“That’s what [Leighton] really wanted,” Marshall said. “He fell in love with the campus the first time we stepped foot on it. Every place we went, he compared it back to Iowa.”
Come January, the official offers began to ramp up: Eastern Kentucky, Kent State, Illinois State, Toledo, Miami (Ohio), Western Michigan, Central Michigan, Ball State, Bowling Green and Ohio.
He already knew where he wanted to go, but he was made to wait for it. Iowa was locked in on him – as was Purdue, which would officially offer him around the same time – but knew he had a state championship run to focus on during the time.
As the influx of offers came in, so did the high-pressure tournaments designed to award only the best-of-the-best with a bid to Gainbridge Fieldhouse in February.
For those around him, wrestling season was leading up to a hopeful heavyweight state title – again, he was ranked No. 1 in the state. For Leighton, it was a countdown.
“I came into state and was like, ‘Alright, I have four matches left.’ And after Friday night, I was like, ‘Alright, three matches left.’ And then it was semifinals, and I was like ‘Alright, two more matches and I’m done.’” Leighton said. “I just wanted to get it over with. I was confident, but I wasn’t having confident feelings just going into the whole thing.”
Leighton won his first two state matches by three and two-point decisions, respectively. He was then defeated in the semifinals by an 8-5 decision and dropped to the third-place match.
“I think he, just like all of us, was devastated. We felt like we were the best heavyweight, and it was hard to watch him lose because I know how bad he wants it,” Brownsburg head coach Darrick Snyder said. “Honestly, I just gave him a hug and we didn’t really immediately talk about it. There’s nothing to be said, especially the guys who have trained the right way and they really want to win it.”
He bounced back from the loss with a shutout of his next opponent for third place, 6-0, adapting his goals to accomplish what ended up being right in front of him.
With wrestling season in his peripheral mirror, the waves of relief came in a rush for Leighton.
“The coaches told him they did not want to offer him during wrestling season because they knew it was hard enough, and once Iowa offers an offensive lineman… that recruit just starts to blow up,” Marshall said. “They didn’t want to do that to him while he was still on the hunt for the state championship.”
On Monday morning, less than 48 hours after his junior wrestling season came to a close, Leighton got the call he had been waiting for from the George Barnett, the Hawkeyes’ offensive line coach, with one message: ‘Don’t forget why you liked Iowa.’
As promised, the programs started calling. The Jones family even had a visit set up to go visit Notre Dame, Leighton’s favorite school growing up.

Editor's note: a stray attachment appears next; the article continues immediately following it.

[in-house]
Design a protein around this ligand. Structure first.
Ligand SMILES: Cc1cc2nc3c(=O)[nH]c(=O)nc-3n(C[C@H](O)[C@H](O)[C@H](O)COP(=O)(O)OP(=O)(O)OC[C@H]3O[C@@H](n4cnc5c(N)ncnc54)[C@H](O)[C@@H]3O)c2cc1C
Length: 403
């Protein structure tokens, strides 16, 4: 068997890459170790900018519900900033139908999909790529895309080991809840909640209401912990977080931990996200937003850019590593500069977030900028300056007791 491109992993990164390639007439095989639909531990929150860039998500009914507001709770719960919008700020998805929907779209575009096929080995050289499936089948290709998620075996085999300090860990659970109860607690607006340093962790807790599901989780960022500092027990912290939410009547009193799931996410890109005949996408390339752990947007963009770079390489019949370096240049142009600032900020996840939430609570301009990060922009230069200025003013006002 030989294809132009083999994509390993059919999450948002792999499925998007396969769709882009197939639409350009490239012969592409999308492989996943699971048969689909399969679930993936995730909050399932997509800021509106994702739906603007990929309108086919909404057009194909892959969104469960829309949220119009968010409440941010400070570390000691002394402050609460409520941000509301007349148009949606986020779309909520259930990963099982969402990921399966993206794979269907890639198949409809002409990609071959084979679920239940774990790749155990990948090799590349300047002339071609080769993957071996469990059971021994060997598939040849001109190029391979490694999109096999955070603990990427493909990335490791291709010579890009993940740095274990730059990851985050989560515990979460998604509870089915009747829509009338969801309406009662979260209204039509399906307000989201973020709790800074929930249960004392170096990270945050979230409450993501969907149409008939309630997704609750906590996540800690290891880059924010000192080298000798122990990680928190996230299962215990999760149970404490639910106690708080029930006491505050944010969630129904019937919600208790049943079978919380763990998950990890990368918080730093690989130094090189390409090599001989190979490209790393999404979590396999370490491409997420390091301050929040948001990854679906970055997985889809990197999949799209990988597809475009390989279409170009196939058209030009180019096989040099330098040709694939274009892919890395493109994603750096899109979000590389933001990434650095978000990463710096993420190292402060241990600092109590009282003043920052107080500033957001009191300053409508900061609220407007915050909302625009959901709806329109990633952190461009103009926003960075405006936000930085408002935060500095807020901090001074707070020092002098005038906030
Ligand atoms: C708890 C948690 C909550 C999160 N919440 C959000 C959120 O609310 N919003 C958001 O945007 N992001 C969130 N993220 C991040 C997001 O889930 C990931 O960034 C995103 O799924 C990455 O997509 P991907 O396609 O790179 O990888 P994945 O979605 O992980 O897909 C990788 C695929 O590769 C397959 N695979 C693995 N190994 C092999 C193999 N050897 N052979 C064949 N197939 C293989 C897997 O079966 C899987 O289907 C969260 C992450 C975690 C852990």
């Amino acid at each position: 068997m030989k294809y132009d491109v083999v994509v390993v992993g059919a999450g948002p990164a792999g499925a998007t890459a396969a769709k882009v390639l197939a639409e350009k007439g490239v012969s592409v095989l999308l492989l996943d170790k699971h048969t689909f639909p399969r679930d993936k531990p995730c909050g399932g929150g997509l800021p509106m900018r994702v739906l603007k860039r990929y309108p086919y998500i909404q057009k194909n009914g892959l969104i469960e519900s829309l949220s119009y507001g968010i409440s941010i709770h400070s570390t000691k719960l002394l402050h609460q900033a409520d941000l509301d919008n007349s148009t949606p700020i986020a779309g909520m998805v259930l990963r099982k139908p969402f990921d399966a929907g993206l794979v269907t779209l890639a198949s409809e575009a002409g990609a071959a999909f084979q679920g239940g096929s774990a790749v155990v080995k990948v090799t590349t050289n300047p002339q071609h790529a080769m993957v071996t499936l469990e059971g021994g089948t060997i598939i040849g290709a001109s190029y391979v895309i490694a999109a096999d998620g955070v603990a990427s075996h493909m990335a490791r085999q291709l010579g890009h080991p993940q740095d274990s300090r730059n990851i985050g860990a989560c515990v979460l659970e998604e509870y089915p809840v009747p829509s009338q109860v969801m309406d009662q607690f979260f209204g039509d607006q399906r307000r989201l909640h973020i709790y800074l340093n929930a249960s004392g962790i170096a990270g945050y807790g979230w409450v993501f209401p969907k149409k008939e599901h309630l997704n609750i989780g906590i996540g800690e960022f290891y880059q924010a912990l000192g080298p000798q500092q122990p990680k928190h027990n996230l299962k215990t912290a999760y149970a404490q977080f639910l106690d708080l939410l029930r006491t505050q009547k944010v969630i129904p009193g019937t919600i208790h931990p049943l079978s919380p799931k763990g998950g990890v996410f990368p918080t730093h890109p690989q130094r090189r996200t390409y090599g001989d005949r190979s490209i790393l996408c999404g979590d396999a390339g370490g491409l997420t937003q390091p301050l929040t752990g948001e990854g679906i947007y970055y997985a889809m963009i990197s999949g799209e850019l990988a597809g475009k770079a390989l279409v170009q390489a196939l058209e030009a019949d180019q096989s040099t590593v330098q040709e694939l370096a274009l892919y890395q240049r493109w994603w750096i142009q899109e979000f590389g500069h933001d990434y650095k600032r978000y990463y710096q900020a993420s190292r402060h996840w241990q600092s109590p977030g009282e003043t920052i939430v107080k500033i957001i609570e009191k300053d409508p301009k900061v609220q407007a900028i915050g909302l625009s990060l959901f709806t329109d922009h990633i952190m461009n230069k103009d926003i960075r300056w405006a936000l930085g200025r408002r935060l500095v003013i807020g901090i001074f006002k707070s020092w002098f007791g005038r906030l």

Despite the increased attention and pressure to open his mind to somewhere other than Iowa, the answer didn’t change: Thanks, but Iowa’s the place.
“He was like, ‘I don’t want to go,’ and we were like ‘You don’t want to go to Notre Dame? You don’t just want to go see?’” Laurie said. His answer was the same, as his mom remembers it: “No, I don’t. I feel like I’m lying to these people pretending that I’m interested. I’m not interested.”
On Feb. 26, mere days after receiving his call from Iowa and tons other from programs now eyeing him, Leighton announced his commitment with a tweet saying, “Iowa City, I’m coming home.”
From the beginning, he knew that’s where he wanted to be. On Dec. 21 when he signed his national letter of intent, he officially became a Hawkeye.
“Every place we visited just never quite checked all the boxes like Iowa did,” Laurie said. “It’s got this feel that makes you want to go back.”
It goes back to the list of accomplished Iowa football players who wrestled in high school, too. Iowa has a strong resume of building former wrestlers into forces to be reckoned with on the offensive line and seeing the success of Hawkeyes in the NFL was a sticking point for the Brownsburg heavyweight.
“I’ve always wanted to play in the NFL – that’s always been there,” Leighton said. “And then when I got offered to Iowa, I was like ‘Alright, I can make this happen. If it’s anywhere, it’s here. Right when I committed, I realized I could be something special, and they told me that too.”
Now, that eight-, nine-year old kid who Chad Red called “NFL” has a real shot at continuing to make his dreams come true – as long as he doesn’t look too far ahead of where his feet lie.
Although Leighton is now removed from regularly seeing a sports psychologist, he still puts into practice coping mechanisms to keep his stress and anxiety at a low level. The things that stuck with him will also take him through to his first year as a student-athlete at Iowa.
One of the biggest things he learned is to write all his goals on his bathroom mirror, so he has a visual each day of what is in front of him and can see all that he’s accomplishing each day.
“Once he started to focus on the small things, it was so much better,” Laurie said. “That’s going to be a tool he’s absolutely going to have to use next year and we see him still using it now. I mean, his bathroom mirror is all covered up and written on with everything he wants to accomplish this year in wrestling.”
It’s not uncommon for football players to forgo their second semester senior year to join their college programs for spring practice. That wasn’t an option on the table for Leighton, and the Iowa coaches wanted to see him accomplish his goals on the wrestling mat.
“There are a lot of kids that wouldn’t be wrestling right now – he’s on a full ride to go play football at Iowa,” Snyder said. “It would have been real easy for him to say, ‘I’m going to Iowa,’ but he wants to help us win and wants to try to win a state title.”
So, that’s where he’s headed. He’s received his meal plan and workout program in the mail from Iowa, but the first step is to tackle what awaits him at sectionals, regionals and then state at Gainbridge Fieldhouse.
“I can definitely tell I’m embracing it this year, my last season,” Leighton said. “I’ve put in so much work since third grade to get to this point, and I just want to finish it out on the right note.”